Embattled South Pasadena Mayor Dan Calabria is suing the city he works for as well as a fellow city commissioner and an independent lawyer who issued a scathing investigation of Calabria’s behavior as mayor.
Calabria wants a judge to bar the city or City Commission from taking any further action to remove him from office.
City commissioners, including Arthur Penny, who is named in the lawsuit, voted to table an effort to remove Calabria from office during a meeting in March.
The move came after months of political infighting and a report by Port St. Lucie attorney W. Russell Hamilton III painting 79-year-old Calabria as a cantankerous bully.
Chief among complaints is Calabria’s dealings with City Clerk Carley Lewis. Calabria’s position as mayor is largely symbolic because South Pasadena runs a weak-mayor form of government.
His vote carries no more weight than any of the other four commissioners and each oversees a sole city department. Calabria is in charge of administration, which includes Lewis.
The report and previous complaints found that Calabria has filed an unnecessary number of public records requests that have overburdened the clerk’s office. According to the Tampa Bay Times, Calabria filed more requests than the rest of the city combined.
Complaints have also been filed against Calabria with the Florida Commission on Ethics. One complaint, filed by Penny, alleged that Calabria misused his power by pressuring a liquor store owner to remove a sign supporting Penny and another commissioner, Max Elson. The ethics commission found probable cause in that case.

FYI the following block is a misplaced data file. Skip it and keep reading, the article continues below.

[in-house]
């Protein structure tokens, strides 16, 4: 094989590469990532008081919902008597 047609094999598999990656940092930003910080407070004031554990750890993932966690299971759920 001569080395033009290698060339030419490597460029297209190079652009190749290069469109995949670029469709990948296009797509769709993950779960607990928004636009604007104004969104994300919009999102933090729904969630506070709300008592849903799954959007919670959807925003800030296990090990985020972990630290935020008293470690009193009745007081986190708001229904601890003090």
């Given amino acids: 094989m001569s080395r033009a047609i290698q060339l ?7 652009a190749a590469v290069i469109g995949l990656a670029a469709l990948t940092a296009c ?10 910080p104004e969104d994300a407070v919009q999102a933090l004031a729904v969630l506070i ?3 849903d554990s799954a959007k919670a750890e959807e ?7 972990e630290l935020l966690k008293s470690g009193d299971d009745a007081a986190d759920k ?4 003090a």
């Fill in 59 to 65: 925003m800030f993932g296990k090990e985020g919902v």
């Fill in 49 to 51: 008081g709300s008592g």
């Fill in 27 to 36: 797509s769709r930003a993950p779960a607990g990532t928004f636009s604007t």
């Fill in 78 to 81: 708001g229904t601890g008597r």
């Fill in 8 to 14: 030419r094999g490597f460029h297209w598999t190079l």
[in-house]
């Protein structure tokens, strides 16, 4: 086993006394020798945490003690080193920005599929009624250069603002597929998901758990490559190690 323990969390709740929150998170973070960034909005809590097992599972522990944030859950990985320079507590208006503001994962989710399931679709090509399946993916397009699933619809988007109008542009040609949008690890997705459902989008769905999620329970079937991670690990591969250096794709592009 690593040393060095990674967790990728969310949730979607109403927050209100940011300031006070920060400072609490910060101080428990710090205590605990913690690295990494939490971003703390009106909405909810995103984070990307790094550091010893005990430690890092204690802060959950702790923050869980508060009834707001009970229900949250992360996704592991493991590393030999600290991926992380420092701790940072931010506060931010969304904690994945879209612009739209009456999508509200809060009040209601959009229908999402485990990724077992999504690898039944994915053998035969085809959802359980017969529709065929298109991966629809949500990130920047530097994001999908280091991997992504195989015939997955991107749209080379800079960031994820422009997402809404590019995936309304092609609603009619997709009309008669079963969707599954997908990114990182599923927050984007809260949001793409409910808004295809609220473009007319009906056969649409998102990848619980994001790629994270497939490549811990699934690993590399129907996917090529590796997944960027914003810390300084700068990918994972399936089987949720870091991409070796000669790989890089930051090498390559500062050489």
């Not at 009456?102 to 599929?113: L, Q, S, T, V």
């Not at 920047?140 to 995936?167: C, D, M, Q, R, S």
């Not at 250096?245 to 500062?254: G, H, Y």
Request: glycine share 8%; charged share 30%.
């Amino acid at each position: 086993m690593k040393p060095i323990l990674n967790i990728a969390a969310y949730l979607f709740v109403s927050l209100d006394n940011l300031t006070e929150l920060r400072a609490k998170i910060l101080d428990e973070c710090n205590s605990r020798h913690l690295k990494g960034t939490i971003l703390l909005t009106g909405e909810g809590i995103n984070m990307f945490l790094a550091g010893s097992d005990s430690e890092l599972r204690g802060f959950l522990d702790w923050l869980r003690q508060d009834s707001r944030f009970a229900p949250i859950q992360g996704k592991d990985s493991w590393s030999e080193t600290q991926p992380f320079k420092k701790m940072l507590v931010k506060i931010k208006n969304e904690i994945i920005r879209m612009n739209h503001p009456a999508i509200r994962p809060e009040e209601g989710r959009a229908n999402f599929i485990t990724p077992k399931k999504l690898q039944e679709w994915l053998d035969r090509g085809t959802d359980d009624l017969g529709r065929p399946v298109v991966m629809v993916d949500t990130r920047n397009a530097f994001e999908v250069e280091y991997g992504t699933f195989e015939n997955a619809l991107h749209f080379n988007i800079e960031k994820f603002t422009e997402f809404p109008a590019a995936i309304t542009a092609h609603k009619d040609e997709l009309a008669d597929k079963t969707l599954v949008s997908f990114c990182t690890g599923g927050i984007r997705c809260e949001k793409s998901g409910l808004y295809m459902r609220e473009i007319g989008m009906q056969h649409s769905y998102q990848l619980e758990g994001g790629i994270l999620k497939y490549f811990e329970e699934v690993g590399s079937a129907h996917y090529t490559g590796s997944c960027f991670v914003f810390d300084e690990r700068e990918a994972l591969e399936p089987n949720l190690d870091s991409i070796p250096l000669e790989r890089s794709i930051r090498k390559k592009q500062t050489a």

Another complaint – that Calabria disobeyed a commission vote – was dismissed. A third complaint, still pending, looks at whether Calabria violated Sunshine Laws by refusing to release private emails he sent summarizing public meetings.
Even though the commission has tabled consideration of firing Calabria, it could still come up. Calabria’s lawsuit seeks to make sure that doesn’t happen. It also asks for compensation for legal fees.
His lawsuit claims the complaints against him are purely vindictive. The suit alleges “accusations against the Mayor are false and the motion for removal is frivolous.” It also alleges that the attorney hired to investigate Calabria’s conduct as mayor was biased.
The Tampa Bay Times reported that if Calabria were to be voted out of office by the four other commissioners – all four would have to approve the move – he would run for re-election in December and challenge the vote in court.